When I was a kid I would lay if front of an old black-and-white television set. We had maybe two channels that would come in just barely enough to watch. When the wind blew, one of us would have to go outside and turn the antenna to get the signal back. The screen was always ‘snowy’ and would have ‘ghost’ images.
As I laid there at night, I would watch old westerns, one after another. I became fascinated with ghost towns. You could see the empty buildings from the unkempt dirt streets with the tumbleweeds rolling to the other side of town. There was something about the emptiness of a ‘once thriving community’ to the now, utter desolation. I always thought; someday I’ll go to a real ghost town!
Several years ago I stumbled across a book of Oregon ‘Ghost Towns’. I was surprised to find that the community I grew up in and the one that I live in now (4 miles away) were listed as ‘ghost towns’ (Hoskins & Kings Valley, Oregon). How can that be? I ain’t no ghost! But, then again, I used to watch The Twilight Zone and The Outer Limits, too; so who knows? The point is: There is history behind wherever it is you live.
I could do some research and find the history of Fort Hoskins (a Cavalry era military fort), and tell you what’s been written. But, from what I understand, it was established to maintain peace between the Siletz Indians and the settlers coming in from the Applegate Trail, settling land disputes, and securing the boundaries of the reservation. (Don’t quote me on that! I got a ‘D’ in History. It would have been an ‘F’ if my history teacher could have stood seeing me in his class for another semester). In class, I would scuff the floor with the heels of my shoes and stare out the window.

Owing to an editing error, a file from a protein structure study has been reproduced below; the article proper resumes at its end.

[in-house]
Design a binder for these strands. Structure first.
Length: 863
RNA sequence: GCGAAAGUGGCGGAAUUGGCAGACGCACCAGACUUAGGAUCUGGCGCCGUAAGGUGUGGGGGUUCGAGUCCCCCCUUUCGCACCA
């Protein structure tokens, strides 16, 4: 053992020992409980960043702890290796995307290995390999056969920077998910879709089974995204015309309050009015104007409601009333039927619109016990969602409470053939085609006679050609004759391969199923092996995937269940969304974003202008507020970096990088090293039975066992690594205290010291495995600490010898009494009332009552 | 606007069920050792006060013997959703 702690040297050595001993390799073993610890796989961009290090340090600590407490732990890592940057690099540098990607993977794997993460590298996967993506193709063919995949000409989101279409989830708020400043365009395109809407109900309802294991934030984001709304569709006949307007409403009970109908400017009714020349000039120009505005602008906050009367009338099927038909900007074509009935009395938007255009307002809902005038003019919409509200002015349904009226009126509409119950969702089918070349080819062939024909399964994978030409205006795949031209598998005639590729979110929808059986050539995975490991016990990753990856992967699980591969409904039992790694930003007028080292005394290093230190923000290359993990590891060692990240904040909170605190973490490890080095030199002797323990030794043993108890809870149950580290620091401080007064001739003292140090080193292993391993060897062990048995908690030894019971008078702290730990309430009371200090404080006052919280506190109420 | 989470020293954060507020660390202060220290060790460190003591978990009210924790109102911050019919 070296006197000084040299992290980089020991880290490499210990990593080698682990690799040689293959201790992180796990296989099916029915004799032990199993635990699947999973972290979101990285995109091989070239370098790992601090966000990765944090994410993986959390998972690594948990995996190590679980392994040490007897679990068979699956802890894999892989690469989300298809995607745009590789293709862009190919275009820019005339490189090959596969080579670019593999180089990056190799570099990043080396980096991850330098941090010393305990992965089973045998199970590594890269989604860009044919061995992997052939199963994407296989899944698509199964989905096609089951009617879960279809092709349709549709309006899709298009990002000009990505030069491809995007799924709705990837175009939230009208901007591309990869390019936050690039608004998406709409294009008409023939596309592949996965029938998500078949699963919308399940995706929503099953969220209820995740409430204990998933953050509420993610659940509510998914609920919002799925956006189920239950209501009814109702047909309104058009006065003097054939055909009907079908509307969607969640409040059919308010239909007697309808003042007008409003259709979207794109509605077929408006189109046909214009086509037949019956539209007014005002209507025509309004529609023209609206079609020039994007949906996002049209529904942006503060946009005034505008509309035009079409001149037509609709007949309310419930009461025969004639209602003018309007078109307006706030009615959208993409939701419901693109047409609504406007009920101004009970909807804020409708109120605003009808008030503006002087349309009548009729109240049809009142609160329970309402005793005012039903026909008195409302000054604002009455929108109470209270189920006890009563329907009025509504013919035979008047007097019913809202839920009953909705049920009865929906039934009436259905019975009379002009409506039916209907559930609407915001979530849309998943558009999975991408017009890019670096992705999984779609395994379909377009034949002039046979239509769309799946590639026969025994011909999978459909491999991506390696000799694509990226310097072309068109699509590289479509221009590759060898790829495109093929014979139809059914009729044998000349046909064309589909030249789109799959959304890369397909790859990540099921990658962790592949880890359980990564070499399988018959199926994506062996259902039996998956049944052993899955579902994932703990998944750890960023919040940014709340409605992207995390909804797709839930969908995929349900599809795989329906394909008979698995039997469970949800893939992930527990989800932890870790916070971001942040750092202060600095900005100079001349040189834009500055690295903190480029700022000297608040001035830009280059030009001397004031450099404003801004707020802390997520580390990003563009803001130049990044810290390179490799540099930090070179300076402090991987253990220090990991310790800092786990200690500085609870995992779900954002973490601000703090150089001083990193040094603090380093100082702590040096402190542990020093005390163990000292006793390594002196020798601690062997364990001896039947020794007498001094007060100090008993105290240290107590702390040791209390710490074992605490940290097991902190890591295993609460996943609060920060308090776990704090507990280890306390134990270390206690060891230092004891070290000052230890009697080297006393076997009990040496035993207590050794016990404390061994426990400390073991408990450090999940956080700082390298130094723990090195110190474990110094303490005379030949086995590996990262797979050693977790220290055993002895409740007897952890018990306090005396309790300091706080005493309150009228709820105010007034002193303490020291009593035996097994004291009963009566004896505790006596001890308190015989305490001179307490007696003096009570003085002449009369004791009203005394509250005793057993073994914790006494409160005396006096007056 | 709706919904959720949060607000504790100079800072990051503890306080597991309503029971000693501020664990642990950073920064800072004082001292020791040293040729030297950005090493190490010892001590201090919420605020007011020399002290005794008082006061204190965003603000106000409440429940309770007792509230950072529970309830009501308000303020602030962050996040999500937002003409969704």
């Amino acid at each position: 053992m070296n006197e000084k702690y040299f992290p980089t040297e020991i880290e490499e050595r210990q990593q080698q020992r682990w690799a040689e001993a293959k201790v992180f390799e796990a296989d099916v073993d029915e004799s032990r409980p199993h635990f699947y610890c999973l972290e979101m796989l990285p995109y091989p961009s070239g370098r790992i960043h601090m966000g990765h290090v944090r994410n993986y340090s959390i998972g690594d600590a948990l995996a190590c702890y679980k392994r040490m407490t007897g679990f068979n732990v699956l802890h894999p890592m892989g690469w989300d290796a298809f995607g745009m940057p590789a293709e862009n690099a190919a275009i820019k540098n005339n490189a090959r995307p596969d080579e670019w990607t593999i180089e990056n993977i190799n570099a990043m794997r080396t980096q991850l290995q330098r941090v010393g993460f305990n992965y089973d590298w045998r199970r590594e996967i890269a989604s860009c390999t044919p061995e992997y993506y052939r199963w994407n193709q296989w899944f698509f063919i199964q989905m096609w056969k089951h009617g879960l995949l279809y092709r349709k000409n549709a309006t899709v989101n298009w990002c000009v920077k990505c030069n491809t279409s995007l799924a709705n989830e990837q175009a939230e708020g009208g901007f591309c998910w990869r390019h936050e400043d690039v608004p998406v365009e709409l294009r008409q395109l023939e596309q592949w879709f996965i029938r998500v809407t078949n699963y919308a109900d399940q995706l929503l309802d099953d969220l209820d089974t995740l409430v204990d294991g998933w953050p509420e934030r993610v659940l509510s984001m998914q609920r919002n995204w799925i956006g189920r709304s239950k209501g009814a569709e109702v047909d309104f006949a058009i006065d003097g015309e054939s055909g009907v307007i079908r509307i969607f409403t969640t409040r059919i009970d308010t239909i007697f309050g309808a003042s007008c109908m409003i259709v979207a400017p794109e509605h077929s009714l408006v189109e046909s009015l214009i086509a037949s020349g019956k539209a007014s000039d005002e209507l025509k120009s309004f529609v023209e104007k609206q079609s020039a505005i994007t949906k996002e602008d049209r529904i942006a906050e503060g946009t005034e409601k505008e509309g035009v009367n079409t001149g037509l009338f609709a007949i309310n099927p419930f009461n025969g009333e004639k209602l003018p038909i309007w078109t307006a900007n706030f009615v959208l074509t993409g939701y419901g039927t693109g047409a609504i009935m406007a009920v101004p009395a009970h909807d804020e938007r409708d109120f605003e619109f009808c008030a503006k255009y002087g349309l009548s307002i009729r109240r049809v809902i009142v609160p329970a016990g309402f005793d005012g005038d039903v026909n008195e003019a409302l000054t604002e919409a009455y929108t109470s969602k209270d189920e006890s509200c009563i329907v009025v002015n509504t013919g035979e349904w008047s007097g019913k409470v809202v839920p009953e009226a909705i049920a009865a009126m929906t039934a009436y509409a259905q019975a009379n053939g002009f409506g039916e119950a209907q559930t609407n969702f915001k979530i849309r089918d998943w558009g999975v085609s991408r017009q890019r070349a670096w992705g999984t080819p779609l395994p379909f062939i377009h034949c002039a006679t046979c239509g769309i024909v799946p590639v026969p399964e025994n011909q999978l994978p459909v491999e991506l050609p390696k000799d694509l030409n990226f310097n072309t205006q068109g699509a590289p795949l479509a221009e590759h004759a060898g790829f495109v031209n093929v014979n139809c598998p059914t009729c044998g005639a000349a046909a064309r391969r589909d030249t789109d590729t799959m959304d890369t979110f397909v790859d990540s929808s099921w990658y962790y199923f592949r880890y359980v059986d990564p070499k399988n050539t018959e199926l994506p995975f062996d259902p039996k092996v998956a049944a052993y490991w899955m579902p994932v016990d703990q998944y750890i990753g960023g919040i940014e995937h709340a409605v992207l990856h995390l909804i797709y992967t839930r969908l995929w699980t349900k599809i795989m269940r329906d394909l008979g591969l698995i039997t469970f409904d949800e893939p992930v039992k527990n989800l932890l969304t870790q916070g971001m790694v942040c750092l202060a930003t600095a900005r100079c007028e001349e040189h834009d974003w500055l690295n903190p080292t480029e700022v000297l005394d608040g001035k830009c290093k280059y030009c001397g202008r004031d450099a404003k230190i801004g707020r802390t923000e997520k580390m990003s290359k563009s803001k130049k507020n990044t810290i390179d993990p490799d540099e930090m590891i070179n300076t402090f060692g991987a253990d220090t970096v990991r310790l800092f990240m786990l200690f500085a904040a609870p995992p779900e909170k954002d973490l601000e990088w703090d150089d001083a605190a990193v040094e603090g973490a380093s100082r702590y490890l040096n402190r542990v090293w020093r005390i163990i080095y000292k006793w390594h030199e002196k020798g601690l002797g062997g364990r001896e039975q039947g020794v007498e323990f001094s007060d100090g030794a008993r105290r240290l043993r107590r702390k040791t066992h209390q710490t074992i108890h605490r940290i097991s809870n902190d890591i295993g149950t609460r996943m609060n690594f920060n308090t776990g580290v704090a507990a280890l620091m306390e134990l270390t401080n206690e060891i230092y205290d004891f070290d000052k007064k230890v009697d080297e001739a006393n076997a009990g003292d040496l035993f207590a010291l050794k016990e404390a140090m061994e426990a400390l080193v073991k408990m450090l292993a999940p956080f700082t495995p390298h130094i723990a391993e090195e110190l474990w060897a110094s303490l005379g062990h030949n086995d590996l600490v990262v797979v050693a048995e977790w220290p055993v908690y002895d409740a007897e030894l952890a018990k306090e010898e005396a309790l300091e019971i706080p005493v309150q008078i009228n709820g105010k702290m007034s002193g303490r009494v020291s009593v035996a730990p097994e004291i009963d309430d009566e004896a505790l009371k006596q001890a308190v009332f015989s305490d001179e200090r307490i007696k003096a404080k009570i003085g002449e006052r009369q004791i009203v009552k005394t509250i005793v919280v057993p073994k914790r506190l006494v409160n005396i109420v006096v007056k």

After the fort was disbanded, the Franz family bought the old fort property and built a sawmill in Hoskins. It then became a logging community.
As the years went by, the logging activity went further upstream on the Luckiamute River toward the Siletz Valley Basin.
In 1919 the Valley & Siletz Railroad was established for the transportation of lumber. It meandered its way from the town of Independence to Valsetz.
The town of Valsetz was a ‘company town’ owned by the local sawmill and named from the combination of the words: ‘Valley’ and ‘Siletz’. It was a thriving community for a number of years with a population reaching 1200 or so, at one point.
The V&S railroad was the most economic way to transport lumber (and passengers in the very early days) because Valsetz was located deep in the coastal range of Oregon.
The railroad company would fire up the engine around 4:00 AM in Independence (in the Willamette Valley) and then travel the 40, or so, miles to Valsetz. They would pass by Pedee first, then Kings Valley, then Hoskins (where the railroad shops were located), and switch out the boxcars at Valsetz. On the way back they would switch out cars at the Moser mill in Kings Valley and the mill in Pedee and then end the day back in Independence, connecting with the Southern Pacific Line.
One time, my friend Alan and I contacted the Superintendent of the V&S railroad to get permission to ride the caboose for the day. It was granted and we set out early one morning for our adventure. As a teenager it was easier to stay up until 3:00 AM then it was to get up at that time. We showed up at the railroad station (very tired) and boarded the caboose.
The interior of the caboose was rustic. It had a wood-planked floor with dingy wood-paneled walls and ceiling. There was wood a stove near the middle of the port side of the car and a neatly-stacked rick of firewood to the right of it. On top of the stove there was an antique wide-bottom coffee pot. At the leading end of the caboose sat a solid old wood table and two chairs where the brakemen’s old fashioned metal lunch boxes were placed. The door at the rear of the car led to a small porch where the brake wheel was. There were ladders in the middle of both sides of the caboose that led up to the observation turret where the brakemen would watch for wheel problems with the cars and other such problems. I don't remember a time when, at a crossing, the brakemen wouldn't be at their posts, watching diligently, and waving a 'neighborly wave' as the train passed by.
There were two seats on each side of the turret facing both directions, forward and aft. (The caboose would be set off on a side track and go back in the same orientation it went up in). There was a warm and welcoming feeling about the caboose and the men that worked for the railroad.